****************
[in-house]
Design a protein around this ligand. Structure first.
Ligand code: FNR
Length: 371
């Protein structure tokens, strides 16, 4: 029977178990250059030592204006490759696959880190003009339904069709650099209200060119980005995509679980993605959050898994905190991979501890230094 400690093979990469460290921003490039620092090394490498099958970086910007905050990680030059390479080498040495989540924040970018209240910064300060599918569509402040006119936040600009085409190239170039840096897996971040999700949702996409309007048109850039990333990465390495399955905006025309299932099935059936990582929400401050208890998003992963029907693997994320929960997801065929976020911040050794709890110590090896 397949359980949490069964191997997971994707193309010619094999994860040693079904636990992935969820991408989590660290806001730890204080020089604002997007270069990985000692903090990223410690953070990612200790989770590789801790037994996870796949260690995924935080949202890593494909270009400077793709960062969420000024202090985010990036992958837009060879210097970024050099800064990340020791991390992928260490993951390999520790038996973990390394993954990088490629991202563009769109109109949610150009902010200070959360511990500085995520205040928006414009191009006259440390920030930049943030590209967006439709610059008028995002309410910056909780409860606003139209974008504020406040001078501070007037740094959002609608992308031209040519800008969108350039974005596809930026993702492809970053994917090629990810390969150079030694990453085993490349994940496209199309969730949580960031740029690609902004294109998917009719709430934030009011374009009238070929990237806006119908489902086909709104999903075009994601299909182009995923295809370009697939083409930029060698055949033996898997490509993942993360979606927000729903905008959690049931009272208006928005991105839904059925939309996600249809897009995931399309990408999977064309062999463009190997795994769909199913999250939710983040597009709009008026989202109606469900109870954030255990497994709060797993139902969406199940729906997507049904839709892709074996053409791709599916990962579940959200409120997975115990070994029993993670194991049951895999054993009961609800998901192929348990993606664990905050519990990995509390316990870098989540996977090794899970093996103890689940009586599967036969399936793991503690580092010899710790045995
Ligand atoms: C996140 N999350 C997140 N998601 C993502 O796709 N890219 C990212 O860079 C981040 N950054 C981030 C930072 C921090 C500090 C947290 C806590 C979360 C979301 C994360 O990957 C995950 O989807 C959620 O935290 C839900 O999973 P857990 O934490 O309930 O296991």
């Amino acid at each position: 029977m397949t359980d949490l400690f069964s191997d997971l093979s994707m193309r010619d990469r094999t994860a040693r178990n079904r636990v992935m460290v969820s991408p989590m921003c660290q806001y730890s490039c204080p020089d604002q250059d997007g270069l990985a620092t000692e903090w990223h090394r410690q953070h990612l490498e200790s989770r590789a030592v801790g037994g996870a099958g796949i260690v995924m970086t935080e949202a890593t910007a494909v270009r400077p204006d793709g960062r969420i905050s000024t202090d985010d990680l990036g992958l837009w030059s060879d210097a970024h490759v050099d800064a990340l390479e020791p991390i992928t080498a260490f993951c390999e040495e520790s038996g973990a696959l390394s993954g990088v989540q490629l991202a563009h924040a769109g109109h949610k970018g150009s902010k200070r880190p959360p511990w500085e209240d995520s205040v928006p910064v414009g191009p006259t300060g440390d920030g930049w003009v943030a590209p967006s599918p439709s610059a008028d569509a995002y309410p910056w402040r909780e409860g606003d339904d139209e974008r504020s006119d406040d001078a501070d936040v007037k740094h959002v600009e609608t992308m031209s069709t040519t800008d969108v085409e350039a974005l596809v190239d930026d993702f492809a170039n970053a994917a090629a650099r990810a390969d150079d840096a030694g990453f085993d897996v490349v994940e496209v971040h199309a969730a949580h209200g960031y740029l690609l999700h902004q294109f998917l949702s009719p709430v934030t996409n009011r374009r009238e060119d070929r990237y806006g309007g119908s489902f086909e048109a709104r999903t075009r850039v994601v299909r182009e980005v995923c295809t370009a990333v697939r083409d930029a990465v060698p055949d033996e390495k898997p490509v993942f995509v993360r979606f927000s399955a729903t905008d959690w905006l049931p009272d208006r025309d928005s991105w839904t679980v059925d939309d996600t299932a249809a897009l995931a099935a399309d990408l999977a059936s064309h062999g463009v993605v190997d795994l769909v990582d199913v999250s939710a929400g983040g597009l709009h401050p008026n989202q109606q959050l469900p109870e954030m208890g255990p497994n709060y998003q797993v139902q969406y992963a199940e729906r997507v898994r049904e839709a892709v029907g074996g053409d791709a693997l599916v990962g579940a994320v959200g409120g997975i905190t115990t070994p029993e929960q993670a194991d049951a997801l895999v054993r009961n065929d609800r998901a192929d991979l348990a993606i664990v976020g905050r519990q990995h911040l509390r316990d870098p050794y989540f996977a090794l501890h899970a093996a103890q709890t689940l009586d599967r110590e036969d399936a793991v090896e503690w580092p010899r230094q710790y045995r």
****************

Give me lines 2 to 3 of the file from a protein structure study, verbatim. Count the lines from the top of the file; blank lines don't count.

Design a protein around this ligand. Structure first.
Ligand code: FNR